Thursday, February 3, 2011

Harnessing the Power of the Enemy

And Yaakov left Be'er Sheva and headed towards Charan....

We will understand this based on the verse "And Yehoshua weakened Amalek and his nation by the sword" [Shemos 17:13]. The only reason that Esav (from whom Amalek descended) has any power over the Jewish people is because he performed one mitzvah: kibbud av - honoring his father, Yitzchak. Esav honored his father by using his sword to hunt for him. This is why Yitzchak blessed Esav that he should "live by the sword" [Bereishis 27:40] - through the mitzvah of honoring his father that he performed using his sword, he merited some power in this world. This is why the verse says "al charbecha" - "by your sword" and not "b'charbecha" - "with your sword" - by way of your sword; because of what you did with it, you shall live.

When the Jewish people wish to weaken the strength of Esav, they need not use the power of all of the 613 mitzvos, since even in the one mitzvah from which Esav draws power, the Jewish people surpass him. The Torah teaches us that Yaakov honored his father more than Esav - the Midrash relates [Targum Yonasan 27:31] that Esav could not find game to hunt so he brought a dog instead and planned to feed that to his father. This is the meaning of "and Yehoshua weakened Amalek and his nation by the sword" - even by the power of the sword that symbolizes Esav's one mitzvah of honoring his father, Yehoshua (representing the Jewish people) weakened and surpassed Amalek.

This then is the meaning of "and Yaakov left Be'er Sheva" - literally "the well of the seven". It is known that Be'er Sheva alludes to the high spiritual levels that Yaakov had achieved, since he rectified all the seven character traits, as explained in the holy writings.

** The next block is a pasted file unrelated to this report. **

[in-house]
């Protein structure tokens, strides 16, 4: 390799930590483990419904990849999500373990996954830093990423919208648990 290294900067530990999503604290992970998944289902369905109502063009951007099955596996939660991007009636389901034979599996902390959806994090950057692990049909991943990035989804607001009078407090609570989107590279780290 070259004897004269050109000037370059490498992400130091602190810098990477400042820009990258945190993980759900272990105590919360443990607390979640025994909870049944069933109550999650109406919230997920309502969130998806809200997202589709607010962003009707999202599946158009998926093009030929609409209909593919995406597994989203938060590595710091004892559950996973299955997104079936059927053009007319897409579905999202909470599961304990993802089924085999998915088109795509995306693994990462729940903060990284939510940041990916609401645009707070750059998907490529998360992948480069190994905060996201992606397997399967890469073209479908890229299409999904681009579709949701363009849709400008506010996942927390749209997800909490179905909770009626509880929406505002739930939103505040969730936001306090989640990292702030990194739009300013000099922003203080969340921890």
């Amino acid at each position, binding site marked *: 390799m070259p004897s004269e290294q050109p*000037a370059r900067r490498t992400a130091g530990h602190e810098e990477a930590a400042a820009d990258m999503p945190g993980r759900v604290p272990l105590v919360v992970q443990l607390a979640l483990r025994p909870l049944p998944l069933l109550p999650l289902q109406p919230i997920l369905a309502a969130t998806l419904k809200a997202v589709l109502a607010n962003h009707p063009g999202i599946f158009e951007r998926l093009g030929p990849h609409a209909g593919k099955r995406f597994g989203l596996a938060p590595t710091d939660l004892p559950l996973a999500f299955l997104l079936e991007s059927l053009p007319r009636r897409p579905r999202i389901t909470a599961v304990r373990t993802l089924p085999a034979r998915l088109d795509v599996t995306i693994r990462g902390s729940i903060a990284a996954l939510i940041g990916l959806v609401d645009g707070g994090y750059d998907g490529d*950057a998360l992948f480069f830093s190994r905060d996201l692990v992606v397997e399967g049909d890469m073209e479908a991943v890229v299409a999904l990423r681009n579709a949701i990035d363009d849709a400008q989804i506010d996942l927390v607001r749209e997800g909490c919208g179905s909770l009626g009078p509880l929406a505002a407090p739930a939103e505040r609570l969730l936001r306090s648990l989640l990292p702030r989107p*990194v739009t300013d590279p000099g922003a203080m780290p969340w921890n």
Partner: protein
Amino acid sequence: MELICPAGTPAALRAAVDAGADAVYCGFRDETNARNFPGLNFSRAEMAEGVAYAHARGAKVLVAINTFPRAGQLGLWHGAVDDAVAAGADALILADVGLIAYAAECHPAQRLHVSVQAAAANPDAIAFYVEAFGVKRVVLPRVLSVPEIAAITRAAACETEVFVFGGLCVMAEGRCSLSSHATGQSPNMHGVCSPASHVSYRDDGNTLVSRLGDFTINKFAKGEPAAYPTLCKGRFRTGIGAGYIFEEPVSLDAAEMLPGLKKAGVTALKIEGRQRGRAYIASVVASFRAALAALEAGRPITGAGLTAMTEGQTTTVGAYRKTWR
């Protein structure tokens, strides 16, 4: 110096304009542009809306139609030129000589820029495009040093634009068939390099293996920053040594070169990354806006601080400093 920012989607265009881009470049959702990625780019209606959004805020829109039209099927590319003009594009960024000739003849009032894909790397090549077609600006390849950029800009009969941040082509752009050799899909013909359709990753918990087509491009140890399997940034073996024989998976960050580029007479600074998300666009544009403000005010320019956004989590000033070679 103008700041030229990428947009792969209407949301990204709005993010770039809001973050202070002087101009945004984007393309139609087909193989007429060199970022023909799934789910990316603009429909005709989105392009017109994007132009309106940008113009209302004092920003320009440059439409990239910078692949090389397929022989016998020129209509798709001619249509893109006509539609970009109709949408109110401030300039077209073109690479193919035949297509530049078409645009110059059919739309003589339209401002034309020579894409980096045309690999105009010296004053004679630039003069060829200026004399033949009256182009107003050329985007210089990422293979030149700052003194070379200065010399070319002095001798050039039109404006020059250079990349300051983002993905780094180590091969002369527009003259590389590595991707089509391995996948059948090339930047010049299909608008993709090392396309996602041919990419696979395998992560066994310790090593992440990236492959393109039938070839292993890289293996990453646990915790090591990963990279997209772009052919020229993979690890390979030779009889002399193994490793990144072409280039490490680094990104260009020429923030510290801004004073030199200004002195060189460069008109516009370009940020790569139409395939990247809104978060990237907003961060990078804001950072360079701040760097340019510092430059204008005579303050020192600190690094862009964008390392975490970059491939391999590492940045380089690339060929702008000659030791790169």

The seven traits are the seven lower sefirot: Chesed, Gevurah, Tiferet, Netzach, Hod, Yesod and Malchut - translated as Kindness, Strength, Beauty, Victory, Splendor, Foundation and Kingship. Perhaps the Noam Elimelech is teaching us that Yaakov was able to use all of these traits to serve the Almighty.

When Yaakov faced both Esav his brother and Lavan his uncle, he didn't need to use all his lofty spiritual powers against them, rather he came with the power of "be'er sheva" - the well, or foundation, of the other seven character traits that he had rectified. "And he went to Charan" implies that he used their own power against them. Thus it says: "And he went to Charan" - with this power he faced them and defeated them. This is easy to understand.

Source: "Mipeninei Noam Elimelech"  Translated by Tal Moshe Zwecker

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